African Children's Choir to Perform with SSC & Plymouth Students, 2/8 & 10
South Shore Conservatory (SSC) and The Visual and Performing Arts Department (VPA) of the Plymouth Public Schools (PPS) are in for a rare treat as the African Children's Choir (ACC) visits their campuses and performs in concert with their students. All proceeds from these concerts benefit the ACC, which utilizes music to provide food, shelter, education, and medical relief to children in need in Africa. The ACC's first unique choral collaboration, with singers from Plymouth Public Schools is on Saturday, February 8, 7 pm at the Performing Arts Center at Plymouth North High School, 41 Obery Street, Plymouth. On Monday, February 10, 7 pm, the Choir performs with SSC's Pure Treble and Pure Harmony choruses at the Duxbury Performing Arts Center at 73 Alden Street, Duxbury.
Plymouth Public Schools educator Kathy McMinn, conductor of several South Shore choruses, including those performing with ACC, is instrumental in bringing the choir to this area. From 2008 to 2011, McMinn spent part of each summer volunteering in South Africa working for the Music For Life Institute, the parent organization for the African Children's Choir. "As an educator, I always strive to find the most enriching experiences I can for my students. Music is such a strong vehicle with which to do this," shares McMinn. "After spending time in South Africa, it became my secret wish to somehow bring my American students together with students from Africa. You can imagine how surprised and thrilled I was when I realized that was really going to happen! I'm excited that our students will have the opportunity to perform with a world renowned touring choir, and that they will have a chance to work side-by-side with these children from another continent and learn that they are, in fact very similar to them."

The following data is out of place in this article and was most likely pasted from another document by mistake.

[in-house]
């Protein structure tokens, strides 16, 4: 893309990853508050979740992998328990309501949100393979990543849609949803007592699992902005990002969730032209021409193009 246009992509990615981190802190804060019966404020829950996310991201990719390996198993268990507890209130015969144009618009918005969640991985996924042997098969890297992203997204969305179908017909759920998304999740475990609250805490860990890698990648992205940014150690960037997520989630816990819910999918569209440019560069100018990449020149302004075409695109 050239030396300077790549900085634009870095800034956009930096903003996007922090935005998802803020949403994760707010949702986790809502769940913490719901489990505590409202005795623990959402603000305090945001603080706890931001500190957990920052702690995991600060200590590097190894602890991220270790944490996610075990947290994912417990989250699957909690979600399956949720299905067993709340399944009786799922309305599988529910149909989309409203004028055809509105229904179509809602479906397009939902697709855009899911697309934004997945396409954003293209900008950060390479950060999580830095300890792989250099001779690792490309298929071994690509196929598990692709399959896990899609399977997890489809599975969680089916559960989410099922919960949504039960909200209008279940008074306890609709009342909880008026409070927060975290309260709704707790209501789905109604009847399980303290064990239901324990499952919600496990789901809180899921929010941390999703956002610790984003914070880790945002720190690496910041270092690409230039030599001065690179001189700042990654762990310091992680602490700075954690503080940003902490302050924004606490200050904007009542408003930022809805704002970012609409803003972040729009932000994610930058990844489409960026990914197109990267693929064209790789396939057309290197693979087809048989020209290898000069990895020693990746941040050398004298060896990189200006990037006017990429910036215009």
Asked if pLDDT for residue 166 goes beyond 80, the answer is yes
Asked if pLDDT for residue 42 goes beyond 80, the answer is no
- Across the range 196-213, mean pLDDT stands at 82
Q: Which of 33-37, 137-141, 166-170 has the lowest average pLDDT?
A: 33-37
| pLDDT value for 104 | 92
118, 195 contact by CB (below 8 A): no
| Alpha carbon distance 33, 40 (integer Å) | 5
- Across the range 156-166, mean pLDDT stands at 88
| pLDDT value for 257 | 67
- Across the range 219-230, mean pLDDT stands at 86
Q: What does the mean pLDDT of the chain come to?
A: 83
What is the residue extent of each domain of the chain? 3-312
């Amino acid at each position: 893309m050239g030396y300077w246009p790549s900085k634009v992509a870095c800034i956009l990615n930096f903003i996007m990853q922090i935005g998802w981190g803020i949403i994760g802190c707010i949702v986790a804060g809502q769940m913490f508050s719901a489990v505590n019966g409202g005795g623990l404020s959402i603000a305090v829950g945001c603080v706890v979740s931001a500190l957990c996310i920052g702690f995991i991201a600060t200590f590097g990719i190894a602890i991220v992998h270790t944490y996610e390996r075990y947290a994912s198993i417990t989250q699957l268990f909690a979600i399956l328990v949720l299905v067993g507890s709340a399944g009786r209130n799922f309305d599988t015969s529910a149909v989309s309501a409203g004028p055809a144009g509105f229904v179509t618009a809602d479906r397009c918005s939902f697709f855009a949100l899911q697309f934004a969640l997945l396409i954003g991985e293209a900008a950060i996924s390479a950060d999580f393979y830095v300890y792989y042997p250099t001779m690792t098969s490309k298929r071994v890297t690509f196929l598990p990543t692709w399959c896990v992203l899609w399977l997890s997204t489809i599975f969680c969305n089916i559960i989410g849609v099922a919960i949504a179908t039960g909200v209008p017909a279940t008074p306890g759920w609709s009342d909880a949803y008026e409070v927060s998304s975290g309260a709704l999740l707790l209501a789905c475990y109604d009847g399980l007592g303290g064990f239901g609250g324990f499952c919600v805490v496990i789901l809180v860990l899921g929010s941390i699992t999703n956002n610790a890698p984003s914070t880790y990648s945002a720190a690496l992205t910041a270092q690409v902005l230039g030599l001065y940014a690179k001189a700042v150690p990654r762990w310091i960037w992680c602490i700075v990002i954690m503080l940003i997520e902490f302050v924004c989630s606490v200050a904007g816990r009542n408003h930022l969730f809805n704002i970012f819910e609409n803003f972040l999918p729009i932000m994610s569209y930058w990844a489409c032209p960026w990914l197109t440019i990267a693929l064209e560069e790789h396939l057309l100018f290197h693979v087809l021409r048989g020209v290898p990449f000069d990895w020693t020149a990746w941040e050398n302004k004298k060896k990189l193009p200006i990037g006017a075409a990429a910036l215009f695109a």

Thousands of children were left orphaned and starving in the wake of Uganda's bloody civil war. In 1984, human rights activist Ray Barnett was called in to help. One day, while traveling by jeep to a far-off village, Ray became inspired by the singing of one small boy. He thought that if he could show the world that Africa's most vulnerable children have beauty, dignity and unlimited ability it would be possible to lift Africa up, one child at a time.